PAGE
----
Site-adapted community at contaminated site, high-throughput sequencing and analyses, targeted culture designed for precision bioaugmentation, and community capable of enhanced biodegradation
Modifying Microbes to Reduce Soil Contamination
September 03, 2019
Microbes in soil can break down just about anything from fallen leaves to harmful contaminants, with the right combination of species. The Duke University Superfund Research Program (SRP) Center identifies which microbial communities in soils can enhance degradation of contaminants.
Joseph Braun, Ph.D.,
Childhood Exposure to PFAS May Change Metabolism
August 06, 2019
A study led by Joseph Braun, Ph.D., at the Brown University Superfund Research Program (SRP) Center, explains how per- and polyfluoroalkyl substances (PFAS) alter biological pathways involved in metabolism. PFAS are a group of man-made chemicals that persist in the environment and are used in firefighting foam, cookware coatings, carpets, and upholstery.
Dean Neff, Keith Rhodes, Madi Polera, and Catherine Kastleman
North Carolina Coastal Community Enjoys Fish Smart Celebration
July 24, 2019
At the Fish Smart Celebration, the Duke Superfund Research Program (SRP) Center team worked to protect the health of subsistence fishers who cast their lines in the Cape Fear River in Wilmington, North Carolina. The May event, held in partnership with Cape Fear River Watch, was part of the Center's "Stop, Check, Enjoy" campaign.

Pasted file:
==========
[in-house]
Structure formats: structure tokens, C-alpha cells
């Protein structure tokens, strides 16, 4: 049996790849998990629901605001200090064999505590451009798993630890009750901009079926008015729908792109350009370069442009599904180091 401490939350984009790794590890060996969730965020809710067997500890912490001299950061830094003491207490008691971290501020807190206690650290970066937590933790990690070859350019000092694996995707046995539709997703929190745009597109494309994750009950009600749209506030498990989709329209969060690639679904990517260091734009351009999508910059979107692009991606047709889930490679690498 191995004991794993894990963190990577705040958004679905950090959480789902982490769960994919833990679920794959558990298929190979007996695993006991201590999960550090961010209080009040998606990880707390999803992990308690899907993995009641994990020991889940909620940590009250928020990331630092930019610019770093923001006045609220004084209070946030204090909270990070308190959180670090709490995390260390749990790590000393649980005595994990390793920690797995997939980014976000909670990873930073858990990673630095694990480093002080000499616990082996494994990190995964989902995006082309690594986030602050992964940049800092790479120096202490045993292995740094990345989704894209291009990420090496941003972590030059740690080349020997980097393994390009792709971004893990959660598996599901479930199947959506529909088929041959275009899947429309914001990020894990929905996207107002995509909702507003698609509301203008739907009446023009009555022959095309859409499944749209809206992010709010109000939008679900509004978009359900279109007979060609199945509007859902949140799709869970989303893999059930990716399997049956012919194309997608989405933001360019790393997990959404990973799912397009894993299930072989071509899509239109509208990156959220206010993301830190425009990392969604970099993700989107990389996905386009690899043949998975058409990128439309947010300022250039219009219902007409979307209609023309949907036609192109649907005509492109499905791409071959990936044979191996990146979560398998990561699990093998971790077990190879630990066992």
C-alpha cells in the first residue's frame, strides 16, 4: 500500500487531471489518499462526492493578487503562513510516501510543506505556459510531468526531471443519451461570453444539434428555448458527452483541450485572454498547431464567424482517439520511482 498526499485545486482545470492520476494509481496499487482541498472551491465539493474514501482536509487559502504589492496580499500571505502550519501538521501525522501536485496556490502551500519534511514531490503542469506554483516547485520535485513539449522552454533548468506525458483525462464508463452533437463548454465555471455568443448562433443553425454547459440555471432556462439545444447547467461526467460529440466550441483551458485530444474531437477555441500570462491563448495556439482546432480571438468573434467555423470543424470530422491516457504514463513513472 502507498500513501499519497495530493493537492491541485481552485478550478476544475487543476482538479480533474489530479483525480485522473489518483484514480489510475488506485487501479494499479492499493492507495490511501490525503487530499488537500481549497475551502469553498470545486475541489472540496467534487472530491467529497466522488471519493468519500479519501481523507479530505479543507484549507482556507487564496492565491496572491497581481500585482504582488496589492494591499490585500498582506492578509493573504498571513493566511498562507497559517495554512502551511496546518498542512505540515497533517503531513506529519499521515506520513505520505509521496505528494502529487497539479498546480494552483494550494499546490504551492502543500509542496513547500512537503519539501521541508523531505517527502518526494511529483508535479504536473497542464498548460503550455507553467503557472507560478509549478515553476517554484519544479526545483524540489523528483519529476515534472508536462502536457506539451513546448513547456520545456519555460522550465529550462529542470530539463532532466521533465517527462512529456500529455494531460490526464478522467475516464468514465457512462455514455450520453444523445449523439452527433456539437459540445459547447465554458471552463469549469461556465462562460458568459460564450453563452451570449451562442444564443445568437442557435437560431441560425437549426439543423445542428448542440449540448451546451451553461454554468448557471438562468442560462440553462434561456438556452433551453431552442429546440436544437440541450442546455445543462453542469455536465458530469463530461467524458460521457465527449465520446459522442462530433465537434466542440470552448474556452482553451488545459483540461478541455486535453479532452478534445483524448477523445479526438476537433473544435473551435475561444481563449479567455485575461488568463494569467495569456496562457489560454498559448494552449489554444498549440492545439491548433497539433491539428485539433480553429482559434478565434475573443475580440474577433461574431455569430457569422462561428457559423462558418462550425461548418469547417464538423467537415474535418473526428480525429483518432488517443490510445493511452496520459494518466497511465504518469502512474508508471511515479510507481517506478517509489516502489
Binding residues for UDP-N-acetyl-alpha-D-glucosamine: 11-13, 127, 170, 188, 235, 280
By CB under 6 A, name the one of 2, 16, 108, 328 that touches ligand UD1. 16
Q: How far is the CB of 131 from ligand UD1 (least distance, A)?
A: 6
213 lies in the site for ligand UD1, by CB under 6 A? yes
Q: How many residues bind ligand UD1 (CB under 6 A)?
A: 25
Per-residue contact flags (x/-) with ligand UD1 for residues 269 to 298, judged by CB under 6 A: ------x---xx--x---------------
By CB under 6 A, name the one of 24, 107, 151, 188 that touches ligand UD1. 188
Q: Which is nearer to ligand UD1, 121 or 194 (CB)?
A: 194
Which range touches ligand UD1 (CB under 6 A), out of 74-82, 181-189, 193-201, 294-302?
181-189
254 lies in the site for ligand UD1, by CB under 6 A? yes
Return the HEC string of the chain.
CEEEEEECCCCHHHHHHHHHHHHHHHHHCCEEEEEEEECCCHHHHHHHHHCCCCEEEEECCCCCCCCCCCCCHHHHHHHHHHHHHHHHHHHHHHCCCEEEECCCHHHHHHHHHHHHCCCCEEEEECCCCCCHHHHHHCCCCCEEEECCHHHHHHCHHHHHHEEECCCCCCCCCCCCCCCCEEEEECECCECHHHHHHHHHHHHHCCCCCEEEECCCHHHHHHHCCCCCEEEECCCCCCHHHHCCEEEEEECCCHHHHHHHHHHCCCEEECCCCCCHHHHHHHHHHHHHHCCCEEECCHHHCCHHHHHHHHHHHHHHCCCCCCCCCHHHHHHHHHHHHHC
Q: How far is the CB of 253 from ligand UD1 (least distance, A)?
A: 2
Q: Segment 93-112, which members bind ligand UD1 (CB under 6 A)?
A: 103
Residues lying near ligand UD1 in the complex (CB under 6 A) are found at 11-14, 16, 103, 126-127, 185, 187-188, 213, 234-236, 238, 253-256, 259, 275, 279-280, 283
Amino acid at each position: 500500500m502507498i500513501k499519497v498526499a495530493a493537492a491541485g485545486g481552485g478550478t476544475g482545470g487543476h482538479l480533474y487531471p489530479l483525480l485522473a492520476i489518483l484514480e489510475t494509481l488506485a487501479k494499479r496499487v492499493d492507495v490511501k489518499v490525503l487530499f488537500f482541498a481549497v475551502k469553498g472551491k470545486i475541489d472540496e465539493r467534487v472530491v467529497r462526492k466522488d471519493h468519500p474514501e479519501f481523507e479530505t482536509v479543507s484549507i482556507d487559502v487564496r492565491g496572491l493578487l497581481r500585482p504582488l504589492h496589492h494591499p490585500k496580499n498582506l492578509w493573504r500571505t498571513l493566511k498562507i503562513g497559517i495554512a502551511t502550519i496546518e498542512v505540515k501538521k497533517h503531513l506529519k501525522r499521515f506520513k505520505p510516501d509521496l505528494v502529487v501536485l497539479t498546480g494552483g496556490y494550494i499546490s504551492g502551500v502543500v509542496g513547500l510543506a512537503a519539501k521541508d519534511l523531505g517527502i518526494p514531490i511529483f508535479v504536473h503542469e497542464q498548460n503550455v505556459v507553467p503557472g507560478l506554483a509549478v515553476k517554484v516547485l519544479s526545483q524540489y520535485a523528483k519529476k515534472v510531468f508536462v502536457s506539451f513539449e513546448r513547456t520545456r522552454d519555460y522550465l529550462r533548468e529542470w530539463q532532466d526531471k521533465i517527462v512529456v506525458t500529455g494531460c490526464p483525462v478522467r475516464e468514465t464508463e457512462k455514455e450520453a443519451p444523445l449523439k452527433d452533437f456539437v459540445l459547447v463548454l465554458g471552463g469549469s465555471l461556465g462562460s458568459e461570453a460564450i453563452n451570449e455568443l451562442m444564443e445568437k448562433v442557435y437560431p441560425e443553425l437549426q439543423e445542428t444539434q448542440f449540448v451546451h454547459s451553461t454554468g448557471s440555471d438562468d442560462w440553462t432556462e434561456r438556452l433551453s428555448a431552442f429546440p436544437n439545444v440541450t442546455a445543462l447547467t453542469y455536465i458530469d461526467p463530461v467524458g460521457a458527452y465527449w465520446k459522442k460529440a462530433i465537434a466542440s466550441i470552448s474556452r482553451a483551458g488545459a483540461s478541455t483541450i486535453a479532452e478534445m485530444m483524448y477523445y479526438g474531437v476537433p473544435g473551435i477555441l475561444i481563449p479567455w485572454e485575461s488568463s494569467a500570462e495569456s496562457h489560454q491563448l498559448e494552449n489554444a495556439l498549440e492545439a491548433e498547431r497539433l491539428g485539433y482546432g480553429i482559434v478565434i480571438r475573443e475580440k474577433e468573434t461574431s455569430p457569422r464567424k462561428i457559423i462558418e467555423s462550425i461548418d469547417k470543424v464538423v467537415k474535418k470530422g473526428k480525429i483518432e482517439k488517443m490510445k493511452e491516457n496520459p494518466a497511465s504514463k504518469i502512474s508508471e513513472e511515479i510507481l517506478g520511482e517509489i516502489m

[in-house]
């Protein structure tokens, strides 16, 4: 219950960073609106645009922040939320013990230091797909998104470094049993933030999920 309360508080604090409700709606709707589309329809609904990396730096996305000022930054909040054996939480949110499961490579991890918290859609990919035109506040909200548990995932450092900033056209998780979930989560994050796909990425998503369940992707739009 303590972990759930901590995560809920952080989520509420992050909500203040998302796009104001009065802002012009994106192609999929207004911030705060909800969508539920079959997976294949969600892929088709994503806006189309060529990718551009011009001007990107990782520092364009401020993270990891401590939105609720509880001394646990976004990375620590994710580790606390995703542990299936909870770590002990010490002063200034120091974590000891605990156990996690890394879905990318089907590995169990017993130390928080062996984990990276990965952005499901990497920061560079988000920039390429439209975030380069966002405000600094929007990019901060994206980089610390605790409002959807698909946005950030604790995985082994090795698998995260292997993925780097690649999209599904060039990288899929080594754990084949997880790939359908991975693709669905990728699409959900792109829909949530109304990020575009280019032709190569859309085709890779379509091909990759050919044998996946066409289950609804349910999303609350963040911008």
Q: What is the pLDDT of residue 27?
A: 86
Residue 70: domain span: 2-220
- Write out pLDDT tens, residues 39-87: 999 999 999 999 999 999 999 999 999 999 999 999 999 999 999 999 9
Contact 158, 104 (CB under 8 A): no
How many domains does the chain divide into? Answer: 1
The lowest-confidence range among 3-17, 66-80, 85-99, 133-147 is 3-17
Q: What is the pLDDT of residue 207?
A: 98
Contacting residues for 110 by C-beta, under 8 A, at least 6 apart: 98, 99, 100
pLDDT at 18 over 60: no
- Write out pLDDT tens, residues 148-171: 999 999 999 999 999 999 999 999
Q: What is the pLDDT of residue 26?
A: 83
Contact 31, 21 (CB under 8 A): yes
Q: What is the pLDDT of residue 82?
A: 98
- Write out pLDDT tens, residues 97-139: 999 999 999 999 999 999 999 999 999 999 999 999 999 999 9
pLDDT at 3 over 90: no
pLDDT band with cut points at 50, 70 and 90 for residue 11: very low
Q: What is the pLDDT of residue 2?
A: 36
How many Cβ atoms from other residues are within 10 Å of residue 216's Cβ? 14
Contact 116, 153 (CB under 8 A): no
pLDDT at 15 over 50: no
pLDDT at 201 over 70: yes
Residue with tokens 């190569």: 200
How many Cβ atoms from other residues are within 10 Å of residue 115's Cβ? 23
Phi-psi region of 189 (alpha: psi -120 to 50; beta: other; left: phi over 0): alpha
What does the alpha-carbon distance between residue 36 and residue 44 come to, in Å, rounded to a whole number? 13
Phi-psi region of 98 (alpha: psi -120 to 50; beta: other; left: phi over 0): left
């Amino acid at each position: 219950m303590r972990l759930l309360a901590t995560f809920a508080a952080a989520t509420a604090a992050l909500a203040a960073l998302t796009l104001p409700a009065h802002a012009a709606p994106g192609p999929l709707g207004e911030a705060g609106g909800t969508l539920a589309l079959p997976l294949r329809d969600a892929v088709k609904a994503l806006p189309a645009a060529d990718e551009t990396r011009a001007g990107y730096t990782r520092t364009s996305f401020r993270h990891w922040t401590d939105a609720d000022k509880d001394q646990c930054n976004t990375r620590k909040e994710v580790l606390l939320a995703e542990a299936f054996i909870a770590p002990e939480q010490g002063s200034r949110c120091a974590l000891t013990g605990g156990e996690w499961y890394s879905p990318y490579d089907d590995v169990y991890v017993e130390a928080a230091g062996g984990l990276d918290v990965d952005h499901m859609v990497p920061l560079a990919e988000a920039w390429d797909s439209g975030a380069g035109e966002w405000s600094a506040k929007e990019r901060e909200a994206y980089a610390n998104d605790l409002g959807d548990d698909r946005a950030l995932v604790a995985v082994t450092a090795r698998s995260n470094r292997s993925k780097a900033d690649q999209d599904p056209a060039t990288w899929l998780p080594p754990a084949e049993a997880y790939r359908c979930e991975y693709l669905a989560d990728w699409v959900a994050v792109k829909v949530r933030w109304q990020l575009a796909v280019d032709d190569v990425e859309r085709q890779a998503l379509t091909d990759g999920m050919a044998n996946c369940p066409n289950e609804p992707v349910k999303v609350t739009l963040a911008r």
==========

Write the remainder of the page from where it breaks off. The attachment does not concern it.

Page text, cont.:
UK SRP Center Booth
SRP Trainees Talk Science at 2019 Expanding Your Horizons Conference
July 23, 2019
The University of Kentucky Superfund Research Program (UK SRP) Center showcased its work at Kentucky's third annual Expanding Your Horizons Conference on April 20. Middle school girls from across the state attended the all-day event. The goal was to inspire young girls to pursue science, technology, engineering, and mathematics (STEM) careers.
tribal youth
OSU SRP Connects Tribal Youth to Science on Campus
July 18, 2019
The Oregon State University (OSU) Superfund Research Program (SRP) Center hosted high school students from tribal nations for its third annual Tribal Youth Campus Tour. During the two-day learning exchange, tribal youth from the Columbia River region learned about SRP research, environmental health, and career opportunities in science, technology, engineering, and math.
Researchers at the University of New Mexico study how dust from abandoned uranium mines travels in the environment and affects human health.
SRP Research Highlighted at Drought Summit
July 16, 2019
Danielle Carlin, Ph.D., program administrator with the Superfund Research Program (SRP), presented drought-related research from SRP Centers during the National Drought & Public Health Summit in Atlanta, Georgia, June 17.
Philippe Grandjean, M.D., Ph.D., and Rainer Lohmann, Ph.D.,
Second National PFAS Conference Held in Boston
July 15, 2019
The 2019 Per- and Polyfluoroalkyl Substances (PFAS): Second National Conference, held June 10–12 at Northeastern University in Boston, brought researchers from diverse disciplines together to discuss cutting-edge PFAS research and strategies to protect human health.
male reproductive toxicity